Lincowski also has honed the skill to focus on facts and ignore preconceptions. “As a police officer, I can go to a call and have to weigh my experience with certain people to know how they’ll react,” he says. “I have to use that to inform my investigations, but not at the expense of ignoring the current facts of the incident.” This extra sense of awareness has helped him as a scientist, although he also adds that he has learned not to “judge things too quickly, because they can change very quickly.”
On the other hand, his physics education has also helped him on the force. For example, he has a greater appreciation of technology used by law enforcement, such as TASERs, and he has leveraged his physics familiarity to bolster his ability to solve cases. Early on in his studies, he was taking a mechanics class where the instructor was discussing collisions between moving vehicles. Soon, Lincowski was called to testify in a lawsuit pertaining to a car accident. While up in the witness stand, “I used my physics knowledge to show that the guy had been going over 50 miles per hour in a 25 mph zone,” he says. “The lawyer said I had no knowledge of this, but I was able to refute this. … The attorney got flustered, because they were ready to throw that information out. But I had proof and showed them the math. Most police officers can’t articulate that.” In preparation for the next hearing, he worked out the equations to demonstrate that the defendant had skidded.
Brown, whose fire department also handles emergency response for vehicular collisions or illness, has developed the knack to calm people down quickly and synthesize multiple streams of information in order to make the right decision. And pursuing such a challenging subject has helped him recognize his own innate tenacity, which he never realized he possessed. “I’ve gotten my feelings hurt. Calculus 2 punched me in the nose and chemical thermodynamics was difficult because I hadn’t taken chemistry for a few years,” he shares. But “what I’ve learned from studying physics is not to quit.”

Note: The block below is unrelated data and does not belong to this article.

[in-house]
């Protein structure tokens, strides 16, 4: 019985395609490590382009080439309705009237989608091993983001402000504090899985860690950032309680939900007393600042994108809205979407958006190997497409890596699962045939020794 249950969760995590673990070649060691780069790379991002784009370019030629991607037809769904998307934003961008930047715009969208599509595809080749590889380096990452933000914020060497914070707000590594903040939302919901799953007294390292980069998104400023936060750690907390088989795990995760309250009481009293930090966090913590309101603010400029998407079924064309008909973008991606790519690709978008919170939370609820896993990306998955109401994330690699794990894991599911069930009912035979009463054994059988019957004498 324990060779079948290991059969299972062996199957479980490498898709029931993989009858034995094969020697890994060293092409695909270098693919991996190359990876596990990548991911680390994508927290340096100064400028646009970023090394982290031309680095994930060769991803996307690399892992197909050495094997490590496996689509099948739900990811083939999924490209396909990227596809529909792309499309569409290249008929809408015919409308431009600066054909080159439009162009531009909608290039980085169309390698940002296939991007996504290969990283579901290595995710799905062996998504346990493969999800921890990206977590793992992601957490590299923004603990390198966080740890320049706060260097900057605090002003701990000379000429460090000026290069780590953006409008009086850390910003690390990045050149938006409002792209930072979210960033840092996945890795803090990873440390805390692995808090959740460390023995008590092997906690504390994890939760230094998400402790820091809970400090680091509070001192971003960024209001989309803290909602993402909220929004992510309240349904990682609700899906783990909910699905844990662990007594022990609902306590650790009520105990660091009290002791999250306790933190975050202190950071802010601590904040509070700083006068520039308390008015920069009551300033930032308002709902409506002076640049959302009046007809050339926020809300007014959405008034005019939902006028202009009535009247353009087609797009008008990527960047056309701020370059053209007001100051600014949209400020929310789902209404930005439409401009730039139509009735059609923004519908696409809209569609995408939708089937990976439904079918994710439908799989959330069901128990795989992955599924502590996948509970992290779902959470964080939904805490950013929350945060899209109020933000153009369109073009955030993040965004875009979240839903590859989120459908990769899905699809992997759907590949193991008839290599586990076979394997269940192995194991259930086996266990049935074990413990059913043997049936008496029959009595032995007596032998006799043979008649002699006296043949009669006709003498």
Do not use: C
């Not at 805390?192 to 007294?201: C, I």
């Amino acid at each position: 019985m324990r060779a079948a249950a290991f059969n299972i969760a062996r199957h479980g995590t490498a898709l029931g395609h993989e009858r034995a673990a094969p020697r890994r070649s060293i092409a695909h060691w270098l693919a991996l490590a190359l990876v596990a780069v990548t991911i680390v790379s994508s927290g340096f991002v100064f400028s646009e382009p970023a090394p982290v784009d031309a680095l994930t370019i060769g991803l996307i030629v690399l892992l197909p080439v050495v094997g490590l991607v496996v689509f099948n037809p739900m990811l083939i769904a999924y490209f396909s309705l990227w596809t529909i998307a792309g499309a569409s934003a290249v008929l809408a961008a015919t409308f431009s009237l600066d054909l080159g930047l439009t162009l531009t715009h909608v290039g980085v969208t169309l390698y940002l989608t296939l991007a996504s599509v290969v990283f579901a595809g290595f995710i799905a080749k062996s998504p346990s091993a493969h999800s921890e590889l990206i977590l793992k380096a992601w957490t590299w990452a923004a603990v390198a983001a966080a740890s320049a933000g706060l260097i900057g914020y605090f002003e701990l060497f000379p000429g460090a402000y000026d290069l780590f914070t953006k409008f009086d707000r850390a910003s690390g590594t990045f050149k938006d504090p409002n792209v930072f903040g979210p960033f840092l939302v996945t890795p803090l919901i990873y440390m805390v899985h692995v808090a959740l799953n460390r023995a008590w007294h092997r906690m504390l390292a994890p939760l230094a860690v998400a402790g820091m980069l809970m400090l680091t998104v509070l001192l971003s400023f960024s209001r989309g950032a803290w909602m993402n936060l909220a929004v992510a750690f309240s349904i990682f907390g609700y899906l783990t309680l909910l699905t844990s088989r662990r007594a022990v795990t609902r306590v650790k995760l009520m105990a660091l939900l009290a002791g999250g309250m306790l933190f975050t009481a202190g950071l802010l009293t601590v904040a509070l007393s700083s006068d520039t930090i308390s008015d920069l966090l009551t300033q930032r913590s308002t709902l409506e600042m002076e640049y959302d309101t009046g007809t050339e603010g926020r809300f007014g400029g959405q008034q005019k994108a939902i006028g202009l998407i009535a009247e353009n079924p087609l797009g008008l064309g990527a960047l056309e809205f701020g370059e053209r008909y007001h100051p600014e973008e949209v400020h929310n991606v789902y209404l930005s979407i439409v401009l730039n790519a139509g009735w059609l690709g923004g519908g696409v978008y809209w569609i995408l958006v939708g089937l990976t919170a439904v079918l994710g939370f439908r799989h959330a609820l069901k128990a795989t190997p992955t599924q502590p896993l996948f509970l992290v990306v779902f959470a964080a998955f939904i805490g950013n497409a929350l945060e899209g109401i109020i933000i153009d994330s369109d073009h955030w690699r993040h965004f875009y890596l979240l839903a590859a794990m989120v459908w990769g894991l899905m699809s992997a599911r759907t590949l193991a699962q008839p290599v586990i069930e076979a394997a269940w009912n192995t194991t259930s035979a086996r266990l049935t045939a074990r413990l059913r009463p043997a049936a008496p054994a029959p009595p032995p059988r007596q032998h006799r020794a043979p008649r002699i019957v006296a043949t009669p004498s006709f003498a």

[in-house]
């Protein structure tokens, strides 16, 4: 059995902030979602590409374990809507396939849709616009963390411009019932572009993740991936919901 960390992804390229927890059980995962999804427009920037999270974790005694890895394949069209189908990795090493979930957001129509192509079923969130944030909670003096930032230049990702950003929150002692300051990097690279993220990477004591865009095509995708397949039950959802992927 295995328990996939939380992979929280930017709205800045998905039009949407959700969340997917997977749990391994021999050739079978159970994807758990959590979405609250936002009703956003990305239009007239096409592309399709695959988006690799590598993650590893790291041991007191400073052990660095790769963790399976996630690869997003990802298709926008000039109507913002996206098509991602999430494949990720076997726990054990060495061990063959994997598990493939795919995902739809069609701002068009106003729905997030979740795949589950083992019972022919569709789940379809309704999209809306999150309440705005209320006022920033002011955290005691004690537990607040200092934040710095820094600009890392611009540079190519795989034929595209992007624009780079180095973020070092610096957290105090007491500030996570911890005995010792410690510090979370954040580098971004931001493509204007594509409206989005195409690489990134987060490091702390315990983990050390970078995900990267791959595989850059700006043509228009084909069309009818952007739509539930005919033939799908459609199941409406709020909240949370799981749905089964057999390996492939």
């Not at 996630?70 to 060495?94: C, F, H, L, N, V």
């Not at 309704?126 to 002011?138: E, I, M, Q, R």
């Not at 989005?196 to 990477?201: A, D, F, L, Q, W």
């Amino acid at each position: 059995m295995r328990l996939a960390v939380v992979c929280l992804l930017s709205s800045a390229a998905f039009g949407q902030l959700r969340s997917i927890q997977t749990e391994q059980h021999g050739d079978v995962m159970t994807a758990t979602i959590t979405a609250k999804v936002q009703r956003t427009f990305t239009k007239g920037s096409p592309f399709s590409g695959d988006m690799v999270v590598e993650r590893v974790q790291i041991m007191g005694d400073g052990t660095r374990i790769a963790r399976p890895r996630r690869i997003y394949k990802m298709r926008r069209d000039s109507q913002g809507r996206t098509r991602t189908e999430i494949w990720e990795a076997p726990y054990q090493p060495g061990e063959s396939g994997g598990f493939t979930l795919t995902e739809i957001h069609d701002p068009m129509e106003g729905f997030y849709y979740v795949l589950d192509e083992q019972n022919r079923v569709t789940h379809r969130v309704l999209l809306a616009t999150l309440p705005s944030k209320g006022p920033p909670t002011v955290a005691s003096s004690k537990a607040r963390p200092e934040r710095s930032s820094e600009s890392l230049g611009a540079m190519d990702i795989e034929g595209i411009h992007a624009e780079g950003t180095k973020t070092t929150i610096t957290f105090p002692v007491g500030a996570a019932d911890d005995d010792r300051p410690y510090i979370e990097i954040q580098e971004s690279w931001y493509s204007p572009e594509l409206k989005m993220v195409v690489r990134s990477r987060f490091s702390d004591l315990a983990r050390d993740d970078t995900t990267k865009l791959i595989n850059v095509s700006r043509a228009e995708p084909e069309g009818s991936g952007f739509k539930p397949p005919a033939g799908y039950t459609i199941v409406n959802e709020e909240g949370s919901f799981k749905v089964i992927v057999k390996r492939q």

As first responders, their flexible schedules have definitely made it easier to pursue physics. Lincowski typically works four 10-hour shifts each week, which leaves him plenty of time to attend courses and present at conferences. However, when he’s on duty, his focus is completely on law enforcement. “I can’t do homework in the car,” he jokes. And although he loves identifying how physics is part of many aspects of his job, “I try not to be ‘that guy,’ who has a story for everything from class.” Brown, who works 24-hour shifts and then has 48 hours off, can do homework at the stationhouse in between fires, but the climate presents a challenge. “It’s like a frat house,” he admits with a chuckle. “I have to hide in the bathtub to do my homework.”
Lincowski is proud of the contributions he has made as a police officer. He has stymied crime rings that included identity theft and fraud and has locked up suspects on armed robbery and domestic violence charges more than once. Similarly, Brown has aided people and even animals in need. However, these victories are uncommon. “One of the reasons I am leaving law enforcement is that the moments you make a difference are few and far between,” says Lincowski. “Most times, people are booked into jail and then are out before I file my report.” And yet, “it’s nice to make a positive impact,” he adds.
Now as they approach graduation, they are both contemplating leaving their posts as first responders. Brown is interested in getting a job with an engineering firm and is currently interviewing and pursuing different career options. He was recently accepted into Medisend International’s General Richard B. Myers Veterans Biomedical Equipment Technology Program. Lincowski will head to graduate school in the fall. But one thing is clear with these men: even though they are leaving “the job” behind, it will stay with them always, as will physics. “I’m definitely a different person, studying physics now than if I had done it the first time around,” he says. As a police officer, “I see the bigger picture. I want to tie my work into good for the greater society.”
Alaina G. Levine is president of Quantum Success Solutions, a science career and professional development consulting enterprise. She can be contacted through www.alainalevine.com, or followed on twitter @AlainaGLevine.